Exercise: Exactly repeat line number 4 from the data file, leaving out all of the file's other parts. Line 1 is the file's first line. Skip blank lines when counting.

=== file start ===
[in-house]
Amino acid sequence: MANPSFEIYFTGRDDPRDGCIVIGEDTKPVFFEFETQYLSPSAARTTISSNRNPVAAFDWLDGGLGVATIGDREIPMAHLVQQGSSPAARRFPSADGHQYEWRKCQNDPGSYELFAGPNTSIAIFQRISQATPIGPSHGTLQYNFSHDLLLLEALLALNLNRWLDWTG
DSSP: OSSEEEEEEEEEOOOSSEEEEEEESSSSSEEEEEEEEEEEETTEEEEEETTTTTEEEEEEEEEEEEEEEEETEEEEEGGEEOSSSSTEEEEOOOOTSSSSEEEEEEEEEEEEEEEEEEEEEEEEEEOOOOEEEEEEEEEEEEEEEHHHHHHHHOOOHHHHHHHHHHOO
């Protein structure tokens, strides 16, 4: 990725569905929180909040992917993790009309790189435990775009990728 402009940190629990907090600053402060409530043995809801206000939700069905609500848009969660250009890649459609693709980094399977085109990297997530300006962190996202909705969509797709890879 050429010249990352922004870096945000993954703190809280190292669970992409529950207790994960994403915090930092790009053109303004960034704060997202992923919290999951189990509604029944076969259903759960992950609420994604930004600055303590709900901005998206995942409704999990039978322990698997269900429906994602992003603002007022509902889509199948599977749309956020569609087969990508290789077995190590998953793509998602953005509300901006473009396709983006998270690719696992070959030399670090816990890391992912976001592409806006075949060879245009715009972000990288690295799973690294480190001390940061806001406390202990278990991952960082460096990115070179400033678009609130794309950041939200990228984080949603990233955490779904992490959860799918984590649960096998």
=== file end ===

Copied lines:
């Protein structure tokens, strides 16, 4: 990725569905929180909040992917993790009309790189435990775009990728 402009940190629990907090600053402060409530043995809801206000939700069905609500848009969660250009890649459609693709980094399977085109990297997530300006962190996202909705969509797709890879 050429010249990352922004870096945000993954703190809280190292669970992409529950207790994960994403915090930092790009053109303004960034704060997202992923919290999951189990509604029944076969259903759960992950609420994604930004600055303590709900901005998206995942409704999990039978322990698997269900429906994602992003603002007022509902889509199948599977749309956020569609087969990508290789077995190590998953793509998602953005509300901006473009396709983006998270690719696992070959030399670090816990890391992912976001592409806006075949060879245009715009972000990288690295799973690294480190001390940061806001406390202990278990991952960082460096990115070179400033678009609130794309950041939200990228984080949603990233955490779904992490959860799918984590649960096998």